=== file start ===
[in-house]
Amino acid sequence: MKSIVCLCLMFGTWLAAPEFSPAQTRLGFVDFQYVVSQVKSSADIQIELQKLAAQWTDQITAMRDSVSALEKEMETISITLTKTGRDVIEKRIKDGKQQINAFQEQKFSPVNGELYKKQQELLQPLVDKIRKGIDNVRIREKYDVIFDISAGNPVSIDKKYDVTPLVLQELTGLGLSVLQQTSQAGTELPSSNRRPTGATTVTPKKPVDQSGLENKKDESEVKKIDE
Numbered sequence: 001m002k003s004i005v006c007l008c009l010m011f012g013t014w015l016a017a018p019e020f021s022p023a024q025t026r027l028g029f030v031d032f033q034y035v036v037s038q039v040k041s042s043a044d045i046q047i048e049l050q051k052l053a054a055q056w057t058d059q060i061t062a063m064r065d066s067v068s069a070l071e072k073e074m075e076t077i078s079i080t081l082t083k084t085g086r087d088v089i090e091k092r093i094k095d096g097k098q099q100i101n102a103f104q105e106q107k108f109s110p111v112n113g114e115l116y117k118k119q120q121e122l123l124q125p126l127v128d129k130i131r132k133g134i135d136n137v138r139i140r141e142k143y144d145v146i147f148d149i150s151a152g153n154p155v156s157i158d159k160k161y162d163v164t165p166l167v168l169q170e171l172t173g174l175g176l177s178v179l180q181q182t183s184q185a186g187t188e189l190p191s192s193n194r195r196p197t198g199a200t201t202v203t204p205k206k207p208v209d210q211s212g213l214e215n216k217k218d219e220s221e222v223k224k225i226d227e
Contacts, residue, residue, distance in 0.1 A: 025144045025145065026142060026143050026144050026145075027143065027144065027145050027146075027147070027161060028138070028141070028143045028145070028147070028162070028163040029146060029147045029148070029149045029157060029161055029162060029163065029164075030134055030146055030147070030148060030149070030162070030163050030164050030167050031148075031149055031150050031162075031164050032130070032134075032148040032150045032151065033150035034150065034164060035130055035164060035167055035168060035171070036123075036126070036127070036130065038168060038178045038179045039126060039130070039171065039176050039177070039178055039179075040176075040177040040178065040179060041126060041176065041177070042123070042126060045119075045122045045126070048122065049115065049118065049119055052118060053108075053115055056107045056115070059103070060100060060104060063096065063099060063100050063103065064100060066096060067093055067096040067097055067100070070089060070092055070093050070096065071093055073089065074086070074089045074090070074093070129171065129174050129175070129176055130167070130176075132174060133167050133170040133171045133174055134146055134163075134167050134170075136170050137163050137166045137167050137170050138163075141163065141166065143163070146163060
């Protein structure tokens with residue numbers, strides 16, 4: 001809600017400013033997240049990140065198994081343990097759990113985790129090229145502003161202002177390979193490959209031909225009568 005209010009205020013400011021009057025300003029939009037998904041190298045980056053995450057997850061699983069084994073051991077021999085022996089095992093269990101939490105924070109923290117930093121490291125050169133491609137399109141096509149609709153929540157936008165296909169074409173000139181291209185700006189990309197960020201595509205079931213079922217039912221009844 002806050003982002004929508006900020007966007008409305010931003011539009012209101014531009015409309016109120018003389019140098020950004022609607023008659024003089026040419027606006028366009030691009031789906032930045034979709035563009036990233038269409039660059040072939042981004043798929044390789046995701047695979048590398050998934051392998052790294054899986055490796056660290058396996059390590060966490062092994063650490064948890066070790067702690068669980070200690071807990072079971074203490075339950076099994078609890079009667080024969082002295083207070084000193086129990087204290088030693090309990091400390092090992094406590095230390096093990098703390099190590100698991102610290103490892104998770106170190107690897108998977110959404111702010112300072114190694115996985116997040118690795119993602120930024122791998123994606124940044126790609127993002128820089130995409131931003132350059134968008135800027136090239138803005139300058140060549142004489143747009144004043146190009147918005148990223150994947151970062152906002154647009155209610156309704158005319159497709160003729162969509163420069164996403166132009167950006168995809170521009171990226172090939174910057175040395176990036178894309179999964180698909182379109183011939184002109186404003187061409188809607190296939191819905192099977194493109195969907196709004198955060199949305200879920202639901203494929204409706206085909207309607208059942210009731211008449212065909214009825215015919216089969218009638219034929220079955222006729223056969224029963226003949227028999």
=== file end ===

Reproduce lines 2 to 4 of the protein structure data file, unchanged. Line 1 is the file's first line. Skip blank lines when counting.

Amino acid sequence: MKSIVCLCLMFGTWLAAPEFSPAQTRLGFVDFQYVVSQVKSSADIQIELQKLAAQWTDQITAMRDSVSALEKEMETISITLTKTGRDVIEKRIKDGKQQINAFQEQKFSPVNGELYKKQQELLQPLVDKIRKGIDNVRIREKYDVIFDISAGNPVSIDKKYDVTPLVLQELTGLGLSVLQQTSQAGTELPSSNRRPTGATTVTPKKPVDQSGLENKKDESEVKKIDE
Numbered sequence: 001m002k003s004i005v006c007l008c009l010m011f012g013t014w015l016a017a018p019e020f021s022p023a024q025t026r027l028g029f030v031d032f033q034y035v036v037s038q039v040k041s042s043a044d045i046q047i048e049l050q051k052l053a054a055q056w057t058d059q060i061t062a063m064r065d066s067v068s069a070l071e072k073e074m075e076t077i078s079i080t081l082t083k084t085g086r087d088v089i090e091k092r093i094k095d096g097k098q099q100i101n102a103f104q105e106q107k108f109s110p111v112n113g114e115l116y117k118k119q120q121e122l123l124q125p126l127v128d129k130i131r132k133g134i135d136n137v138r139i140r141e142k143y144d145v146i147f148d149i150s151a152g153n154p155v156s157i158d159k160k161y162d163v164t165p166l167v168l169q170e171l172t173g174l175g176l177s178v179l180q181q182t183s184q185a186g187t188e189l190p191s192s193n194r195r196p197t198g199a200t201t202v203t204p205k206k207p208v209d210q211s212g213l214e215n216k217k218d219e220s221e222v223k224k225i226d227e
Contacts, residue, residue, distance in 0.1 A: 025144045025145065026142060026143050026144050026145075027143065027144065027145050027146075027147070027161060028138070028141070028143045028145070028147070028162070028163040029146060029147045029148070029149045029157060029161055029162060029163065029164075030134055030146055030147070030148060030149070030162070030163050030164050030167050031148075031149055031150050031162075031164050032130070032134075032148040032150045032151065033150035034150065034164060035130055035164060035167055035168060035171070036123075036126070036127070036130065038168060038178045038179045039126060039130070039171065039176050039177070039178055039179075040176075040177040040178065040179060041126060041176065041177070042123070042126060045119075045122045045126070048122065049115065049118065049119055052118060053108075053115055056107045056115070059103070060100060060104060063096065063099060063100050063103065064100060066096060067093055067096040067097055067100070070089060070092055070093050070096065071093055073089065074086070074089045074090070074093070129171065129174050129175070129176055130167070130176075132174060133167050133170040133171045133174055134146055134163075134167050134170075136170050137163050137166045137167050137170050138163075141163065141166065143163070146163060